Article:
|Credit: Library of Congress|
They say confession is good for the soul, and it is with great resolve to save my damaged soul that I finally tell this story that has haunted my every waking hour since I was 13 years old.
On that Halloween night, so many years ago, I was home alone reading a volume of Edgar Allan Poe while the other children roamed the streets dressed as ghosts, vampires, witches, and all sorts of monsters. I was a very sensitive boy, and the whole concept of trick or treat grated on my delicate conscience. Children were knocking on doors and basically saying, "Give us candy or else!" Houses where doors were not answered would be attacked and vandalized with hard kernals of corn, shaving cream and toilet paper. I could not be a part of such extortion.
Unfortunately, that night Poe disturbed my soul to a much deeper degree than trick or treat possibly could, and his words led me to commit the awful crime which I must now confess. I was reading Poe's essay "Premature Burial," in which he discusses the horrible yet not uncommon fate of being buried while still alive. Poe wrote:
To be buried while alive is, beyond question, the most terrific of these extremes which has ever fallen to the lot of mere mortality. That it has frequently, very frequently, so fallen will scarcely be denied by those who think. The boundaries which divide Life from Death are at best shadowy and vague. Who shall say where the one ends, and where the other begins?I set down the book, greatly agitated. As I mentioned, I was a very sensitive boy, and I was terribly upset after reading Poe's words because I had never before considered the existence, let alone the frequency, of such horror-invoking episodes. I wondered how many people, at this very moment, are buried inside a wooden box, having awoken from a supposed death but now, very much alive, are struggling and screaming in terror to no avail?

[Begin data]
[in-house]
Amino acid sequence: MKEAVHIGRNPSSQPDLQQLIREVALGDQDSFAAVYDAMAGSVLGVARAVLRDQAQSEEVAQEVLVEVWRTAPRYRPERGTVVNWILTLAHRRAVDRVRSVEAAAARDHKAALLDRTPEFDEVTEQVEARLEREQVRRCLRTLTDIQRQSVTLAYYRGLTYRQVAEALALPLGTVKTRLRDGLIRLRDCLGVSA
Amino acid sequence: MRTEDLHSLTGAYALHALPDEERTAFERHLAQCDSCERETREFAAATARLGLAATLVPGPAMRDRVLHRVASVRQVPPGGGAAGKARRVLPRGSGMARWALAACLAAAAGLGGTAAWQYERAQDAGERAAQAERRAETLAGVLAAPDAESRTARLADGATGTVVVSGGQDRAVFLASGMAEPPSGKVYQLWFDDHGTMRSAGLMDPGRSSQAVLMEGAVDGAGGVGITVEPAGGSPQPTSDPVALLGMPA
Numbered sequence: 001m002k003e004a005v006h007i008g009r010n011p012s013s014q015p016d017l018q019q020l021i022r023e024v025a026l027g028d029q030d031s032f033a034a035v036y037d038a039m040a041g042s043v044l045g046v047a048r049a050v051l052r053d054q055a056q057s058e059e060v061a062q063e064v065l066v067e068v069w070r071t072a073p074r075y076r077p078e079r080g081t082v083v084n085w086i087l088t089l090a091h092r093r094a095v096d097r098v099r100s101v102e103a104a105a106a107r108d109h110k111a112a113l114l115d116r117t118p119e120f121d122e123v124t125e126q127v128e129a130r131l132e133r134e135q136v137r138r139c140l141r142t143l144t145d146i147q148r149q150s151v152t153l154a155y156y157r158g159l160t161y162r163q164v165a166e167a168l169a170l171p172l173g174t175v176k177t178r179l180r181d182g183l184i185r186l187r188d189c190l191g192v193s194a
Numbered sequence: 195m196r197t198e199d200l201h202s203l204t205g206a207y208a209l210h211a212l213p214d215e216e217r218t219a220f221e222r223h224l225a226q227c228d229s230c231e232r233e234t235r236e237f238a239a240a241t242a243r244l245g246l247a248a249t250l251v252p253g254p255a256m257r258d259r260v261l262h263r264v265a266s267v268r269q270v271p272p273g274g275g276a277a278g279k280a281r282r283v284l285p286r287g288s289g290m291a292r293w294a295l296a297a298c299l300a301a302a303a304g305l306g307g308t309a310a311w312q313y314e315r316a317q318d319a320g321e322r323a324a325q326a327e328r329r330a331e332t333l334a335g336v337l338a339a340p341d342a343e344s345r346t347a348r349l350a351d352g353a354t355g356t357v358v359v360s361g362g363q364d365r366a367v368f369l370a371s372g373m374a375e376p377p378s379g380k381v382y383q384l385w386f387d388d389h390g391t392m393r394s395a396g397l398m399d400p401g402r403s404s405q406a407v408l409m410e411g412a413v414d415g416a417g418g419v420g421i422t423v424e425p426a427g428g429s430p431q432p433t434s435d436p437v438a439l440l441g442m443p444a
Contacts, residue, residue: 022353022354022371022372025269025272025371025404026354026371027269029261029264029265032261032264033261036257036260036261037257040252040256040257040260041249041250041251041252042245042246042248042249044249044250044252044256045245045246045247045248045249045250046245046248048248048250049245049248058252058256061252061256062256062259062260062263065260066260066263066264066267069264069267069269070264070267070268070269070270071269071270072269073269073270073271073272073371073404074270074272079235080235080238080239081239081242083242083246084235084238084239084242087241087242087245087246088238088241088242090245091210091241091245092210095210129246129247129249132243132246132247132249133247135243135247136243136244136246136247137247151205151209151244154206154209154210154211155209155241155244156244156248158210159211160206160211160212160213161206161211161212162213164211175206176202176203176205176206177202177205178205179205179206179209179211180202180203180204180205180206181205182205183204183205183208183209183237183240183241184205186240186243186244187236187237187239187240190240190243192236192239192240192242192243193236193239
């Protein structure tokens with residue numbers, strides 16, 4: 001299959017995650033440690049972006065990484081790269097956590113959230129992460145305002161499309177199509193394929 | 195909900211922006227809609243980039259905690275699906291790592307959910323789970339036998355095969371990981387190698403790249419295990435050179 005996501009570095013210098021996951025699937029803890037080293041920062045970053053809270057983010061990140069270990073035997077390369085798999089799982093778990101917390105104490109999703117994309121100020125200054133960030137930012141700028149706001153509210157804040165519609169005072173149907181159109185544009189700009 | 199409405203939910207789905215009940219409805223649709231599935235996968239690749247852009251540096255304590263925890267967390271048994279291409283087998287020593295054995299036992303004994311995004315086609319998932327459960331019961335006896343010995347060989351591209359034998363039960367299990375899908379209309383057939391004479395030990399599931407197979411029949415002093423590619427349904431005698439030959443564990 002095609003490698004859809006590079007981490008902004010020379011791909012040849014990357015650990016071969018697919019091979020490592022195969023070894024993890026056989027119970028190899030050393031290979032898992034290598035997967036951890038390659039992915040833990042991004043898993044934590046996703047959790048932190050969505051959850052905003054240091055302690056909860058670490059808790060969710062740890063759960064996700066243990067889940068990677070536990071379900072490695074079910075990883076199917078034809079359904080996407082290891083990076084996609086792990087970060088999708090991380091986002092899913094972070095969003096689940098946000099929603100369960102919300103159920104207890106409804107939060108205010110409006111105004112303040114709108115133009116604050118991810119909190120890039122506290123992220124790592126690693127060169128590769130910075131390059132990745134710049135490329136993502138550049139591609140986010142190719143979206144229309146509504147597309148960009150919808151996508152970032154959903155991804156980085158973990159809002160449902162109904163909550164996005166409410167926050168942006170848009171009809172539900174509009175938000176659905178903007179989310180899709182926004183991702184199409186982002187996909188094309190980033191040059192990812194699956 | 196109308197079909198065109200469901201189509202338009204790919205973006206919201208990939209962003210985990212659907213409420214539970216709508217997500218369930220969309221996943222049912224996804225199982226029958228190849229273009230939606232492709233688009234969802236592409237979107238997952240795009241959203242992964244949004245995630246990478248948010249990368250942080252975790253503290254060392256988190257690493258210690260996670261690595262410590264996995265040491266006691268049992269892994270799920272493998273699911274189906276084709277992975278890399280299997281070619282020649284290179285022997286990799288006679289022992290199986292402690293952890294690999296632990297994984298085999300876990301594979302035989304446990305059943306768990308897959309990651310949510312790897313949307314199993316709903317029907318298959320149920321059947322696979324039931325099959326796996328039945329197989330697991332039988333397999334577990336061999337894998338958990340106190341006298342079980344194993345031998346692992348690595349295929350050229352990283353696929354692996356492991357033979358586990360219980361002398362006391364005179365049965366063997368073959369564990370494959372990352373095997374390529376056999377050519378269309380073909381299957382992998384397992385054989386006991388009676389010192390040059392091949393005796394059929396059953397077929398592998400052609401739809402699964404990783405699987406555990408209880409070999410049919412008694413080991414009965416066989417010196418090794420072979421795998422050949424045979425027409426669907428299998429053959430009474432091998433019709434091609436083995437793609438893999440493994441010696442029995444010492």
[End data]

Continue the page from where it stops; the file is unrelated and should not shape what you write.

I went out back and grabbed a shovel, and then marched down the street past the ghosts, vampires, witches, and monsters. Some looked at me curiously; others appeared to believe I was in costume myself.
Once at the cemetery, I looked for freshly-dug graves. I figured that I would be too late for all but the most recent of burials. I found a plot of loose, unpacked earth with a temporary tombstone. I immediately began digging. The work was hard and I was soon covered with sweat despite the chilliness of the October night. Still, I was so determined -- a doctor trying to save his patient -- that in less than an hour I felt my shovel hitting upon the lid of a coffin.
The coffin easily opened without any need for prying. Inside I found a pale, gaunt man who did not appear to be breathing. Still, I had to be absolutely certain he was dead. But how?
I pulled him up as best I could (he was heavy) and shouted in his ear.
"SIR! WAKE UP! WAKE UP, SIR!"
When there was no response, I slapped him hard several times across his cold face. He did not even twitch.